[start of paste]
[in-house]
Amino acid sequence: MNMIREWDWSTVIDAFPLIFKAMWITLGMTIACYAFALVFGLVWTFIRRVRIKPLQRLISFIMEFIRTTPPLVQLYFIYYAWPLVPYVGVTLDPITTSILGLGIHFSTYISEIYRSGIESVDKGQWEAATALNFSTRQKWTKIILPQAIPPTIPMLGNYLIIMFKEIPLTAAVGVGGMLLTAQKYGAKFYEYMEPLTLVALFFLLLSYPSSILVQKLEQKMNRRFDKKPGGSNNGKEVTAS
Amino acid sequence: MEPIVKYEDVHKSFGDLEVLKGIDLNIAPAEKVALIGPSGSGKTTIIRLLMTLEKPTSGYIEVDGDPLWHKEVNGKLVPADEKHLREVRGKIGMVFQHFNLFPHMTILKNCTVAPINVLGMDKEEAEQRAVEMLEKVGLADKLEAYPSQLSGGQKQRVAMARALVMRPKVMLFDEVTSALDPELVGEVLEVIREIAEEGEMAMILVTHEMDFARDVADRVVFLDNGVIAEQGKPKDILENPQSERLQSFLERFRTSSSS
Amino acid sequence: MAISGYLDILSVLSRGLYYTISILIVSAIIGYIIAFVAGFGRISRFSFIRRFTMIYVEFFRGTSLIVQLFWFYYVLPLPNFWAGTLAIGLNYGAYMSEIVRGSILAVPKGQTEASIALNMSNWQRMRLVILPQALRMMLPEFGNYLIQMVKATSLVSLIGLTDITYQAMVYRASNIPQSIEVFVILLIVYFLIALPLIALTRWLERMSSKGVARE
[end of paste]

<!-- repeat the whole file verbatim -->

[in-house]
Amino acid sequence: MNMIREWDWSTVIDAFPLIFKAMWITLGMTIACYAFALVFGLVWTFIRRVRIKPLQRLISFIMEFIRTTPPLVQLYFIYYAWPLVPYVGVTLDPITTSILGLGIHFSTYISEIYRSGIESVDKGQWEAATALNFSTRQKWTKIILPQAIPPTIPMLGNYLIIMFKEIPLTAAVGVGGMLLTAQKYGAKFYEYMEPLTLVALFFLLLSYPSSILVQKLEQKMNRRFDKKPGGSNNGKEVTAS
Amino acid sequence: MEPIVKYEDVHKSFGDLEVLKGIDLNIAPAEKVALIGPSGSGKTTIIRLLMTLEKPTSGYIEVDGDPLWHKEVNGKLVPADEKHLREVRGKIGMVFQHFNLFPHMTILKNCTVAPINVLGMDKEEAEQRAVEMLEKVGLADKLEAYPSQLSGGQKQRVAMARALVMRPKVMLFDEVTSALDPELVGEVLEVIREIAEEGEMAMILVTHEMDFARDVADRVVFLDNGVIAEQGKPKDILENPQSERLQSFLERFRTSSSS
Amino acid sequence: MAISGYLDILSVLSRGLYYTISILIVSAIIGYIIAFVAGFGRISRFSFIRRFTMIYVEFFRGTSLIVQLFWFYYVLPLPNFWAGTLAIGLNYGAYMSEIVRGSILAVPKGQTEASIALNMSNWQRMRLVILPQALRMMLPEFGNYLIQMVKATSLVSLIGLTDITYQAMVYRASNIPQSIEVFVILLIVYFLIALPLIALTRWLERMSSKGVARE